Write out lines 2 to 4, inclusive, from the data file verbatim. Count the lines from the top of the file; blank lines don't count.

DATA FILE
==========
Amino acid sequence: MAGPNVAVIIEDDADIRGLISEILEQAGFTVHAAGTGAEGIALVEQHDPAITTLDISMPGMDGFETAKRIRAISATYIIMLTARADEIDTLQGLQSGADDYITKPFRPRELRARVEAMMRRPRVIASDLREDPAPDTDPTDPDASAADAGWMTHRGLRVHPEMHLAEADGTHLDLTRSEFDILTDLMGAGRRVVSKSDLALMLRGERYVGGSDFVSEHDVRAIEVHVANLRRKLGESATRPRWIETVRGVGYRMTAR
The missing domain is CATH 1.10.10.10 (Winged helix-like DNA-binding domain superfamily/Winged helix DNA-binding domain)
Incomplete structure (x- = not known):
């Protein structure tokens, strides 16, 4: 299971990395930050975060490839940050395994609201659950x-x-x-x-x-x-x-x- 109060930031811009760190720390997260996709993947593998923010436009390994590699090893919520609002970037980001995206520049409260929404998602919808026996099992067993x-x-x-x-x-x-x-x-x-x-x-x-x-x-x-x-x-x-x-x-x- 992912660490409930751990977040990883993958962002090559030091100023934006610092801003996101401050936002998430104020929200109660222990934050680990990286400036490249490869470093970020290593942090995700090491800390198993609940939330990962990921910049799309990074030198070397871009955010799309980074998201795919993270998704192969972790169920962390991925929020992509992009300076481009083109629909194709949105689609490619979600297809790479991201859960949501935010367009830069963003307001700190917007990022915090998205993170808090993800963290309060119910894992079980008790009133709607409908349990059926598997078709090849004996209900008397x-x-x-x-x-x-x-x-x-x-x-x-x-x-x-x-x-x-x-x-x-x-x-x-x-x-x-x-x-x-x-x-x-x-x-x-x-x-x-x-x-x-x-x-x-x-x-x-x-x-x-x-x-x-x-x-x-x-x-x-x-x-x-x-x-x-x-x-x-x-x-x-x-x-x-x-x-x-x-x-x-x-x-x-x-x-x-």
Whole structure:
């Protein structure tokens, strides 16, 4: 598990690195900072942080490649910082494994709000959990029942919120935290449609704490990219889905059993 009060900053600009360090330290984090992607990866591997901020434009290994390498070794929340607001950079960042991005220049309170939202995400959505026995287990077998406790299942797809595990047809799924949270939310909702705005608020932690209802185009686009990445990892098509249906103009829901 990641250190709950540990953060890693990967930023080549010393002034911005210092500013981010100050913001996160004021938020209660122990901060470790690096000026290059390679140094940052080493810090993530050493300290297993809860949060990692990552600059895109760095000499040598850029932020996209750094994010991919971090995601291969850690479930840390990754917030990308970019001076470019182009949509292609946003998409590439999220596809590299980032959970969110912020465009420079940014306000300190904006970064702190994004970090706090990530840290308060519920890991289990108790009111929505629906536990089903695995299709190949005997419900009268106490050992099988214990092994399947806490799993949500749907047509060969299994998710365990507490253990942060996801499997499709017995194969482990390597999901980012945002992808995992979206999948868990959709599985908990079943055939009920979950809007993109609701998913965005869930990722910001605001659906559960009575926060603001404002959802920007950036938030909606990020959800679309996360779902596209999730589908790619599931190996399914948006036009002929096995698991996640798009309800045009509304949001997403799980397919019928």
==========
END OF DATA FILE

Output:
The missing domain is CATH 1.10.10.10 (Winged helix-like DNA-binding domain superfamily/Winged helix DNA-binding domain)
Incomplete structure (x- = not known):
């Protein structure tokens, strides 16, 4: 299971990395930050975060490839940050395994609201659950x-x-x-x-x-x-x-x- 109060930031811009760190720390997260996709993947593998923010436009390994590699090893919520609002970037980001995206520049409260929404998602919808026996099992067993x-x-x-x-x-x-x-x-x-x-x-x-x-x-x-x-x-x-x-x-x- 992912660490409930751990977040990883993958962002090559030091100023934006610092801003996101401050936002998430104020929200109660222990934050680990990286400036490249490869470093970020290593942090995700090491800390198993609940939330990962990921910049799309990074030198070397871009955010799309980074998201795919993270998704192969972790169920962390991925929020992509992009300076481009083109629909194709949105689609490619979600297809790479991201859960949501935010367009830069963003307001700190917007990022915090998205993170808090993800963290309060119910894992079980008790009133709607409908349990059926598997078709090849004996209900008397x-x-x-x-x-x-x-x-x-x-x-x-x-x-x-x-x-x-x-x-x-x-x-x-x-x-x-x-x-x-x-x-x-x-x-x-x-x-x-x-x-x-x-x-x-x-x-x-x-x-x-x-x-x-x-x-x-x-x-x-x-x-x-x-x-x-x-x-x-x-x-x-x-x-x-x-x-x-x-x-x-x-x-x-x-x-x-």